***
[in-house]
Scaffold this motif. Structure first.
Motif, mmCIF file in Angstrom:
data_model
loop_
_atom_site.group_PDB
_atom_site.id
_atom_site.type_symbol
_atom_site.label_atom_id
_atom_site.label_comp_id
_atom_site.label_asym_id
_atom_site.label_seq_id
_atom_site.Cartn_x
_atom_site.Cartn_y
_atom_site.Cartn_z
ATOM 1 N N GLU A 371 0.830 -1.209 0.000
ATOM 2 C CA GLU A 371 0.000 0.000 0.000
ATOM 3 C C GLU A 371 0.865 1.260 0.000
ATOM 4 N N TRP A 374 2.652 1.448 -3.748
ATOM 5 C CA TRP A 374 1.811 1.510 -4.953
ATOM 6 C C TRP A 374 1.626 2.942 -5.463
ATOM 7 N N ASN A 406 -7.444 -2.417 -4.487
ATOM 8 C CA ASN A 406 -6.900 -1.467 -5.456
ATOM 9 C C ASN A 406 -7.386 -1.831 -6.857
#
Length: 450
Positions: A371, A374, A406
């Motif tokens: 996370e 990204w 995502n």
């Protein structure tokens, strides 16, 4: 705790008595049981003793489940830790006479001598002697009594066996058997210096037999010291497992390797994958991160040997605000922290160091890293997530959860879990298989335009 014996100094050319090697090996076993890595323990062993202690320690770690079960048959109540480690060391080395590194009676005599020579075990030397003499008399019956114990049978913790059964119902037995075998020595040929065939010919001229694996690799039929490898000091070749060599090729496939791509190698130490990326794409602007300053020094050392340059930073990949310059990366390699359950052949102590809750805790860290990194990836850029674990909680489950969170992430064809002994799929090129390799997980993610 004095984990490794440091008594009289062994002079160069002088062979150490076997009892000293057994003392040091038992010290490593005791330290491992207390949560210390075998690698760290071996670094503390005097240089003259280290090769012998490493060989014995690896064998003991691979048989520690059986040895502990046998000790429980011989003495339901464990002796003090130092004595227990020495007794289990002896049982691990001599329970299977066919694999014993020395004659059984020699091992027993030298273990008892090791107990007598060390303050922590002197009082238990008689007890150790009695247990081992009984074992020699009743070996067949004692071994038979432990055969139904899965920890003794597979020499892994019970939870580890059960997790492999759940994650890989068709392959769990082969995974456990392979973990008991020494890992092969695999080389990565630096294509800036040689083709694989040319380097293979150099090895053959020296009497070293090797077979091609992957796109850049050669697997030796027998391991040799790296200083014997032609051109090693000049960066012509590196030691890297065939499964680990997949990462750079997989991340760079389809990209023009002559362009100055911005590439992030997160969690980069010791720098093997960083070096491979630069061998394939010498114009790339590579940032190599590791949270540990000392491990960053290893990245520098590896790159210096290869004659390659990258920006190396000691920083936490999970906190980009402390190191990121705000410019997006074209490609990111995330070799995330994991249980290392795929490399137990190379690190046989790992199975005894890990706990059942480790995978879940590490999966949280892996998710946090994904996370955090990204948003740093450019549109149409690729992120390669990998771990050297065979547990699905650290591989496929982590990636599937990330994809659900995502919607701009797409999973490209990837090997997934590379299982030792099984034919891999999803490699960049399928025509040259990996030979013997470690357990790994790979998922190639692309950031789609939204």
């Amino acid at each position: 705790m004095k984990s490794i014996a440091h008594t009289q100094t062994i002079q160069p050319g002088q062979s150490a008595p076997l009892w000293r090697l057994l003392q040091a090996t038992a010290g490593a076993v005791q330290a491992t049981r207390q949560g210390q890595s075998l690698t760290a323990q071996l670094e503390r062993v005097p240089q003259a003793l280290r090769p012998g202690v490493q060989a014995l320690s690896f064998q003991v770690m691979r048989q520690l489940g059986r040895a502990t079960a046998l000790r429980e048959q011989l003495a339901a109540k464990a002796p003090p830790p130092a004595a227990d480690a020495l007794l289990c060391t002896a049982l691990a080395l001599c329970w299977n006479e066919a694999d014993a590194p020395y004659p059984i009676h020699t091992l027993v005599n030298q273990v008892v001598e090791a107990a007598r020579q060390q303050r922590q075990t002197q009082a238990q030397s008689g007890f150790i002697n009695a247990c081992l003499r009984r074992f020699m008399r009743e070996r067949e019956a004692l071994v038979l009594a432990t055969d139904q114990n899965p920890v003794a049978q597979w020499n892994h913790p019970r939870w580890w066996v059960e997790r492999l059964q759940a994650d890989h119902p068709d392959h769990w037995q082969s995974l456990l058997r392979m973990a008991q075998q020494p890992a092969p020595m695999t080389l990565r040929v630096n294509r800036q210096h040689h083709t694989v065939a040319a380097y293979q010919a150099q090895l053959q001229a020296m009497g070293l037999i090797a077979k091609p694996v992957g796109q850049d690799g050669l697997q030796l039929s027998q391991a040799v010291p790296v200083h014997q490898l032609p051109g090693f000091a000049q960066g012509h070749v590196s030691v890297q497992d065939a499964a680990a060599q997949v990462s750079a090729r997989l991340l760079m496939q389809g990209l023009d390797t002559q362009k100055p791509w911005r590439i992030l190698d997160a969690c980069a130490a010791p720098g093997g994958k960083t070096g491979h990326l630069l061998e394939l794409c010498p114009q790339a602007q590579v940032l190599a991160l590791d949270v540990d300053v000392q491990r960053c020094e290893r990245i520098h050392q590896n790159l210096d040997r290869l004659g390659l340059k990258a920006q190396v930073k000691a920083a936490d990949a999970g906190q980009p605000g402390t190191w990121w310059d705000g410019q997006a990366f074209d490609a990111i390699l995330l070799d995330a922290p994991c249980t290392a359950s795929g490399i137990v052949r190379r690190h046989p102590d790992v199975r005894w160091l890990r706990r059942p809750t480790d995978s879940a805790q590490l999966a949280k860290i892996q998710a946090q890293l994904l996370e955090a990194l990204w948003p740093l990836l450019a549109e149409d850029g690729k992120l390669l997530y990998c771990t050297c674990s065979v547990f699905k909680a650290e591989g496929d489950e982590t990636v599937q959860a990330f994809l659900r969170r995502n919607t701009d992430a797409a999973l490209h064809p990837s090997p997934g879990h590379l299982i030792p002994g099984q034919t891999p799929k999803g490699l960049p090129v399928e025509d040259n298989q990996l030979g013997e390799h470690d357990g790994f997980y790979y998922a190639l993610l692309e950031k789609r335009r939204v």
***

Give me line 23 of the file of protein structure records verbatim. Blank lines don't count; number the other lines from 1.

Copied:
ATOM 8 C CA ASN A 406 -6.900 -1.467 -5.456